We have a large home training room, so it was natural for the boys to start playing around on the wall soon after they mastered walking. At age four, they begin doing some easy outdoor toprope climbs a few days per month, in additional to playing around on the home wall a few days per week. Both boys did their first outdoor sport leads before their seventh birthday. Per the “skill window” concept above, I made a point to bring them on more travels and expose them to many different types of climbing movement beginning at age 8. This is also the right age to begin on a somewhat targeted—though not over-the-top—training program to nurture their natural climbing talent. I must stress that we also exposed the boys to many other sporting activities so as to make them as “physically literate” as possible before the closing of the skill window. Both Cam and Jon ski in the winter and play American football during the Fall season, so they have a few months break from high-frequency climbing. I feel that a climbing off-season and some involvement in another sport is important—age 10 is much too young to train year-round like a pro climber!

Rule #3: At age 8 to 12, begin to broaden your child’s climbing skill set and get them good coaching; but also expose them to several other sporting activities—who knows your child might be the next David Beckham!

8a: So then, what do your 8b+ climbing sons do in terms of training?

If I told you…then I’d have to kill you! Seriously, since my boys are so young it’s been my training goal to build “sound, well-rounded athletes”, not world-class climbers. Again, it’s my opinion that single-sport specialization is best delayed until the teenage years. That said, developing climbing skill (mental, technical, and physical) demands a significant amount of time spent climbing. Toward this end, we train on the home wall for about two hours, three or four days per week; when weather and time allows, we climb outsides a couple weekends per month. Since Cam and Jon both play football, we also do two football training workouts per week. These one-hour sessions involve lots of push-oriented exercises, jumping, and sprinting, and fortuitously, these workouts serve them well as “antagonist training” for climbing. The result, I hope, will be a very balanced musculature and reduced risk of the climbing injuries common to the adolescent growth spurt and hard-climbing adult years ahead of them. Most important: we keep the training fun with various climbing games and training metric challenges (sadly, most now involve the boys kicking their coaching dad’s arse!). You can read more about youth training in an article I wrote for DPM last year. link ovdje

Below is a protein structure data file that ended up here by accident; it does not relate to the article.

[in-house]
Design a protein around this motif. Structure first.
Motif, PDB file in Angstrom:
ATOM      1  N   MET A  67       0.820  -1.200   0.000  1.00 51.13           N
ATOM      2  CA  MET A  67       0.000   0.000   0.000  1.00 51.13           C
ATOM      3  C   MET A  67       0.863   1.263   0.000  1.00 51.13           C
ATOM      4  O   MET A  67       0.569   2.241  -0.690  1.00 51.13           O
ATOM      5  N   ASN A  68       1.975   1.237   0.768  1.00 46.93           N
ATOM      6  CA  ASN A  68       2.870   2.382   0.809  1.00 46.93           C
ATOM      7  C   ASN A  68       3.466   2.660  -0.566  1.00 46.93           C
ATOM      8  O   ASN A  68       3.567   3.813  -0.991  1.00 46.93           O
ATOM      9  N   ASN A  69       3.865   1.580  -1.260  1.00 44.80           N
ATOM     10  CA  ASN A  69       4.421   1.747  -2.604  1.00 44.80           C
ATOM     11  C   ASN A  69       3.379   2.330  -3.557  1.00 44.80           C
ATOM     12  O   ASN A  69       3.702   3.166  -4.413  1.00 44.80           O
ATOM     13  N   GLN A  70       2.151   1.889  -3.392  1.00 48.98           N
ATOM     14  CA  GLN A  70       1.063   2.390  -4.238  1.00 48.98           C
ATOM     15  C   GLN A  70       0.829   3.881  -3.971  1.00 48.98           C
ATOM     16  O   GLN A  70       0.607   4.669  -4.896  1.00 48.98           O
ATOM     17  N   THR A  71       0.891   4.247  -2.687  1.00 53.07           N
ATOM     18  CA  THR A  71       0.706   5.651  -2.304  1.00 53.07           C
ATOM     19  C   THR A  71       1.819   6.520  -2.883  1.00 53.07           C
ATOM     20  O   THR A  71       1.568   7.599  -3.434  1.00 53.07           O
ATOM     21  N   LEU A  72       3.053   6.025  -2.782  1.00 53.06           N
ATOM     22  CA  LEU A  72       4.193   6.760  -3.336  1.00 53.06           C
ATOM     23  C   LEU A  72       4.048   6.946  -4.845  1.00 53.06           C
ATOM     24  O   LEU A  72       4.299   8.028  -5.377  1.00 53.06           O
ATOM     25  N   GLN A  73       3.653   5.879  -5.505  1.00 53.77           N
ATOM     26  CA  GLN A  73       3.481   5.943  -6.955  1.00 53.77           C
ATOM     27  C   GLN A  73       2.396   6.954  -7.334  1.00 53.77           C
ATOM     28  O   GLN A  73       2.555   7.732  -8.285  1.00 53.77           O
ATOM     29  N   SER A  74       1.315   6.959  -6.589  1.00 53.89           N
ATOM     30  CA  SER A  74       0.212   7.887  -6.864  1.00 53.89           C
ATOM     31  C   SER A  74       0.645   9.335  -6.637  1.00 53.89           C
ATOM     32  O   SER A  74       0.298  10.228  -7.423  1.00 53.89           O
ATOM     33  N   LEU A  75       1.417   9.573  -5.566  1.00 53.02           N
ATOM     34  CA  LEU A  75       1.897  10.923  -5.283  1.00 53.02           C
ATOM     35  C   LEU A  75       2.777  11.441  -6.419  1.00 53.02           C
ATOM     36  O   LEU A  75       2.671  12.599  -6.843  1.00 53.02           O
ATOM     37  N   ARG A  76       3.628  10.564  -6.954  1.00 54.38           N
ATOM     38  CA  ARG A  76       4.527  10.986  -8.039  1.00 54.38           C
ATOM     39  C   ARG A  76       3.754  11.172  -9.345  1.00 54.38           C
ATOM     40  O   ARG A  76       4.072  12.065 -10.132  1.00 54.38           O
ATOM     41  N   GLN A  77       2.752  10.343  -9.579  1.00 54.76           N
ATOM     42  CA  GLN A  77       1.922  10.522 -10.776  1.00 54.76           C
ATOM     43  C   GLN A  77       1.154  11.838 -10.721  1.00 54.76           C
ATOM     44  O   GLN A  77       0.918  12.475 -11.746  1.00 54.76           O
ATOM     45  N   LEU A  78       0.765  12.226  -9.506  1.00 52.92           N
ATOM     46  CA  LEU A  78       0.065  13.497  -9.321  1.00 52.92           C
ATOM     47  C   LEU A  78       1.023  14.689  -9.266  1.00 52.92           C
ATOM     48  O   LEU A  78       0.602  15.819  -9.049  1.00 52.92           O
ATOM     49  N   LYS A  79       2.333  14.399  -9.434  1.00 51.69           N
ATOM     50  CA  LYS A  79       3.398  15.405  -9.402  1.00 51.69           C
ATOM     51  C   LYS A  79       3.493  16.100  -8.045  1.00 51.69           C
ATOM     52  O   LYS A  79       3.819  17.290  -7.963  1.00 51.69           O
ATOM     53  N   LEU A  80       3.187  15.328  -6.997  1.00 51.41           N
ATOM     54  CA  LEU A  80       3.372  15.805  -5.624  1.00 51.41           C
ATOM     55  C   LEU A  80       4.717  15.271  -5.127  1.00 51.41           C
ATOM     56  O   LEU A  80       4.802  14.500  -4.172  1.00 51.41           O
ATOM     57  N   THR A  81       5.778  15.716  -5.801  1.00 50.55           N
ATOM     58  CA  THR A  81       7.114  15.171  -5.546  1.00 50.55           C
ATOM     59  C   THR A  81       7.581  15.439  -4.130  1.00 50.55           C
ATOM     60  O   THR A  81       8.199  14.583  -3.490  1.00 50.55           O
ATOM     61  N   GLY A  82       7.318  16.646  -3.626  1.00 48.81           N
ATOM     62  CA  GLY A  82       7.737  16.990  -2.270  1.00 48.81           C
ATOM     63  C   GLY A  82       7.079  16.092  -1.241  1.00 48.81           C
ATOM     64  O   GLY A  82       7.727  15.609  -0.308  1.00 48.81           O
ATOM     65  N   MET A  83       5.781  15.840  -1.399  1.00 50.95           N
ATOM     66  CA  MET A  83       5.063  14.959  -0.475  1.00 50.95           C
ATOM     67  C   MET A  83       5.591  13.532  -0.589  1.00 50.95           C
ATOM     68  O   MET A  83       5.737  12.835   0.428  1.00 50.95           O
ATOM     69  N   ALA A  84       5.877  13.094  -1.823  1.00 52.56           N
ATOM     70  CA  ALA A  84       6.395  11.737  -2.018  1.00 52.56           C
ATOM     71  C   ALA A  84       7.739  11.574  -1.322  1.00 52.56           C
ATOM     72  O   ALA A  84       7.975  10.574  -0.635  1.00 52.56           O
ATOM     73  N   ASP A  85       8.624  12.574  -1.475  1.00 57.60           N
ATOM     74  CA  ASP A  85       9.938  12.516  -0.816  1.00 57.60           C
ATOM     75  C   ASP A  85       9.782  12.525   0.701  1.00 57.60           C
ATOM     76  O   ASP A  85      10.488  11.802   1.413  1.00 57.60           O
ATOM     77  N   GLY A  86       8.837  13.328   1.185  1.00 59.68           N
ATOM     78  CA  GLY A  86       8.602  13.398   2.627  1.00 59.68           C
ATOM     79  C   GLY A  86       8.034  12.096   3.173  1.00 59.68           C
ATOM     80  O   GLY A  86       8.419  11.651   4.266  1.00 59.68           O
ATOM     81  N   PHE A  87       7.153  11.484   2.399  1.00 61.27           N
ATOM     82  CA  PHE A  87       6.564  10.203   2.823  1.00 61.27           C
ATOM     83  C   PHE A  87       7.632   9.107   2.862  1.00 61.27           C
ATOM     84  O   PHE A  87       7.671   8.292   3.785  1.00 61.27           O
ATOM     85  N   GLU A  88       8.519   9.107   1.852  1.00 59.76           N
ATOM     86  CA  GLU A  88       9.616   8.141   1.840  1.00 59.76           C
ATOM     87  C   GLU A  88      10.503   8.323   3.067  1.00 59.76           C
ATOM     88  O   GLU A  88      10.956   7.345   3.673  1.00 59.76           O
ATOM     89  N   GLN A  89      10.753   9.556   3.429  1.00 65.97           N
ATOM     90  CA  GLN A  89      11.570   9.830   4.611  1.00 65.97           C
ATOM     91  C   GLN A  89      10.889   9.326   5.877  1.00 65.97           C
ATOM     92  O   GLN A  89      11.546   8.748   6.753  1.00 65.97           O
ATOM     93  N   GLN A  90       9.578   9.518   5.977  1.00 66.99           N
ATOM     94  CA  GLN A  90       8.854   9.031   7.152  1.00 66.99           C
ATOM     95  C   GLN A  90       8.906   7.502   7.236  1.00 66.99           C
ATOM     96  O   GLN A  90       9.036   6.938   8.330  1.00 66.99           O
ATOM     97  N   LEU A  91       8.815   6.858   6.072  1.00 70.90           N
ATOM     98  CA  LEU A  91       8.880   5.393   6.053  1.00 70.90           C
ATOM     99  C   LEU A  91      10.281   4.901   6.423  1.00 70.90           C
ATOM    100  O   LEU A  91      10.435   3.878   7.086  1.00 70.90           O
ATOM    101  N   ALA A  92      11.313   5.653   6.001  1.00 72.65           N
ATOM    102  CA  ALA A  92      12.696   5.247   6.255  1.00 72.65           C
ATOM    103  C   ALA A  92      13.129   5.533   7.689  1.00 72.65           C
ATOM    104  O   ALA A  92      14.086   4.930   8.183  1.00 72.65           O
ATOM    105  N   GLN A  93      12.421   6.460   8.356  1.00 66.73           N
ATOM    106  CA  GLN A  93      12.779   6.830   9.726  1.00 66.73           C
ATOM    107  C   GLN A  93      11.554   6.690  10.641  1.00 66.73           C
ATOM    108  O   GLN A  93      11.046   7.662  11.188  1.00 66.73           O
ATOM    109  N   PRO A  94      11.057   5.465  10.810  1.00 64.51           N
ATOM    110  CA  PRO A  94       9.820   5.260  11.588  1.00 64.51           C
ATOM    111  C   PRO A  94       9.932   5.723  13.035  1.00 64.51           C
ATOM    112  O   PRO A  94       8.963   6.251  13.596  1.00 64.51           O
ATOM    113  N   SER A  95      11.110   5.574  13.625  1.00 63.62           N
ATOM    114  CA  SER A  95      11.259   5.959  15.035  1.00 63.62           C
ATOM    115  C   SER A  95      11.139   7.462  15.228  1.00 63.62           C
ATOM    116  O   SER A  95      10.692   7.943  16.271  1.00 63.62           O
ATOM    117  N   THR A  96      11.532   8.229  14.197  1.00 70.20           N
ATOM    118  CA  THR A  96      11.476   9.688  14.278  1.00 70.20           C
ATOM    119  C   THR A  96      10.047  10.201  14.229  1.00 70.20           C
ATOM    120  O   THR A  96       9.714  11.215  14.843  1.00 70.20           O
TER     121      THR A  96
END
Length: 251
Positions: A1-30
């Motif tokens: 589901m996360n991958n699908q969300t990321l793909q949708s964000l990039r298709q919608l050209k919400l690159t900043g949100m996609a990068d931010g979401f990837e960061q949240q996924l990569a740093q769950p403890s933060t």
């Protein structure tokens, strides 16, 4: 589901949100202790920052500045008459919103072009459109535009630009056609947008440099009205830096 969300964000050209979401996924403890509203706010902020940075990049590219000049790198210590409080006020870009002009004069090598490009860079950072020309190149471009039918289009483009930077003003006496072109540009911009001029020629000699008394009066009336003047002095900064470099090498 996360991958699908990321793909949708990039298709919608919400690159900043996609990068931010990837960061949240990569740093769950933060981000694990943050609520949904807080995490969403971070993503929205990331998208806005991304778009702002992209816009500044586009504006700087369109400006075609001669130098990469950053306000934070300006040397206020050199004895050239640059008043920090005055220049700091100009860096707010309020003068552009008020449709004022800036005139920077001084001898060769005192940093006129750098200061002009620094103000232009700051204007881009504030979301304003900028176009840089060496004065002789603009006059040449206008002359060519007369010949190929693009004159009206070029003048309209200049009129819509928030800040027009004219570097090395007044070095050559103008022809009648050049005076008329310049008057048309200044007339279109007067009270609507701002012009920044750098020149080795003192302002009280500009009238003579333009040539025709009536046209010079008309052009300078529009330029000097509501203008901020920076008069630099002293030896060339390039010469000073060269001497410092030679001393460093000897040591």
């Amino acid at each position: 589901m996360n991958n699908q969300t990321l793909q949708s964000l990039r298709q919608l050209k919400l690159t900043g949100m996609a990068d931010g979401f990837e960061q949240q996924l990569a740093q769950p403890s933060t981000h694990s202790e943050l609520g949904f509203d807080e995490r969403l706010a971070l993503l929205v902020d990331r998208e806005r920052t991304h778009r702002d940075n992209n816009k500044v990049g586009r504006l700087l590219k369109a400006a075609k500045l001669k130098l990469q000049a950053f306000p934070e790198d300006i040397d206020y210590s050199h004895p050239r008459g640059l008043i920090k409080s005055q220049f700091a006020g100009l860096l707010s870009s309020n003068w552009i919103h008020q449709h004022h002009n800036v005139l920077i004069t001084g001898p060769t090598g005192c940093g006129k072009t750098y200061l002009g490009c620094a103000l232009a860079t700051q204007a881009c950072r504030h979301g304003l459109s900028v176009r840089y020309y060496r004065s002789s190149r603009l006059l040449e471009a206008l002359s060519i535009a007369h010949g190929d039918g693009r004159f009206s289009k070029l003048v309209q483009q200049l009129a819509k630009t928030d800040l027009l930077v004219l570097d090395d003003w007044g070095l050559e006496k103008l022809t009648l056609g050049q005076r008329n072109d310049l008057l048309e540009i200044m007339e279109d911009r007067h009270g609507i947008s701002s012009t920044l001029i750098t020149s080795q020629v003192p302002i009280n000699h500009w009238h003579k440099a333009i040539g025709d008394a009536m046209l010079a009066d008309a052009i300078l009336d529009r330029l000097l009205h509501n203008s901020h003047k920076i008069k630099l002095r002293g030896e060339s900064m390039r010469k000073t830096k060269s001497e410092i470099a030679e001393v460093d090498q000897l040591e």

Rule #4: Youth training and climbing must always be fun—there should be no crying when the child fails on a route! Parents should mandate a “break from climbing” if the child begins to take things too seriously or begins to feel like training is a job.

8a: How much more progress can we see for the future kids?

As for the future for 10 year olds…perhaps some tall youngster will eventually do 8c at age 10, but reach is certainly a limiting constraint. The Red River Gorge is made for kid climbers, since there are often small holds and intermediates (that an adult struggles with or might even skip) and the routes tend to be endurance oriented rather than powerful, although there are certainly exceptions. But when the current generation of kids crushers (and there are many, both in the US and abroad) hit their growth spurt (age 13 – 16) anything is possible…and I imagine one of these kids will someday soon beat Adam Ondra’s record for youngest 9a+.

8a: What is your next plan and what do you hope for your sons?

This summer we’ll climb throughout the western US…and next summer hopefully climb in Europe. Ultimately, I hope we can continue to explore and experience the vertical world as a family, meeting many people along the way and sharing in the spirit of climbing. Long-term, I hope that Cameron and Jonathan will remain passionate about climbing and become “climbers for life” (as I am). Of course, I hope they will also come to excel in other aspects of life. Climbing equips us with powerful mental skills that can be leveraged to excel in other aspects of life…and so I hope my boys will learn to wield the power of climbing, both on and off the rock!